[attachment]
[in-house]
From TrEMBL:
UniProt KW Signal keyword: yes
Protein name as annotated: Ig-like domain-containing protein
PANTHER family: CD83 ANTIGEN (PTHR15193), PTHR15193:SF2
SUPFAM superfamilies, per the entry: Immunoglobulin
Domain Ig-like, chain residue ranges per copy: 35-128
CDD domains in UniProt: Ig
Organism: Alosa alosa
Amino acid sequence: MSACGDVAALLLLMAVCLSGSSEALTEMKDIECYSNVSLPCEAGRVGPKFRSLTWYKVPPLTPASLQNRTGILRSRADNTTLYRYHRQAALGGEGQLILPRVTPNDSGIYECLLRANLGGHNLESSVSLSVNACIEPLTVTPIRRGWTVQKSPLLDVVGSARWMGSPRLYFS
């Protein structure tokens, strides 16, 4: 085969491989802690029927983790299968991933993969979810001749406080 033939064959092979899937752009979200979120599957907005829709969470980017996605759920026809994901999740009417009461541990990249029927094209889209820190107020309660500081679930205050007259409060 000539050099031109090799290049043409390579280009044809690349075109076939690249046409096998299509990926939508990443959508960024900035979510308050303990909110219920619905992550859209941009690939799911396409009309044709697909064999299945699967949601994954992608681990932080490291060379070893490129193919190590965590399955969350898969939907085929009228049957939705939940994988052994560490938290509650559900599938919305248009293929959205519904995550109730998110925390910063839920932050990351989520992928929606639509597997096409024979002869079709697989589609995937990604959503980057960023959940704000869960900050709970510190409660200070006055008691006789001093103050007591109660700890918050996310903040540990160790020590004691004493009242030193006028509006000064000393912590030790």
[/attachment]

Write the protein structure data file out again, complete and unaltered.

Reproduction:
[in-house]
From TrEMBL:
UniProt KW Signal keyword: yes
Protein name as annotated: Ig-like domain-containing protein
PANTHER family: CD83 ANTIGEN (PTHR15193), PTHR15193:SF2
SUPFAM superfamilies, per the entry: Immunoglobulin
Domain Ig-like, chain residue ranges per copy: 35-128
CDD domains in UniProt: Ig
Organism: Alosa alosa
Amino acid sequence: MSACGDVAALLLLMAVCLSGSSEALTEMKDIECYSNVSLPCEAGRVGPKFRSLTWYKVPPLTPASLQNRTGILRSRADNTTLYRYHRQAALGGEGQLILPRVTPNDSGIYECLLRANLGGHNLESSVSLSVNACIEPLTVTPIRRGWTVQKSPLLDVVGSARWMGSPRLYFS
């Protein structure tokens, strides 16, 4: 085969491989802690029927983790299968991933993969979810001749406080 033939064959092979899937752009979200979120599957907005829709969470980017996605759920026809994901999740009417009461541990990249029927094209889209820190107020309660500081679930205050007259409060 000539050099031109090799290049043409390579280009044809690349075109076939690249046409096998299509990926939508990443959508960024900035979510308050303990909110219920619905992550859209941009690939799911396409009309044709697909064999299945699967949601994954992608681990932080490291060379070893490129193919190590965590399955969350898969939907085929009228049957939705939940994988052994560490938290509650559900599938919305248009293929959205519904995550109730998110925390910063839920932050990351989520992928929606639509597997096409024979002869079709697989589609995937990604959503980057960023959940704000869960900050709970510190409660200070006055008691006789001093103050007591109660700890918050996310903040540990160790020590004691004493009242030193006028509006000064000393912590030790």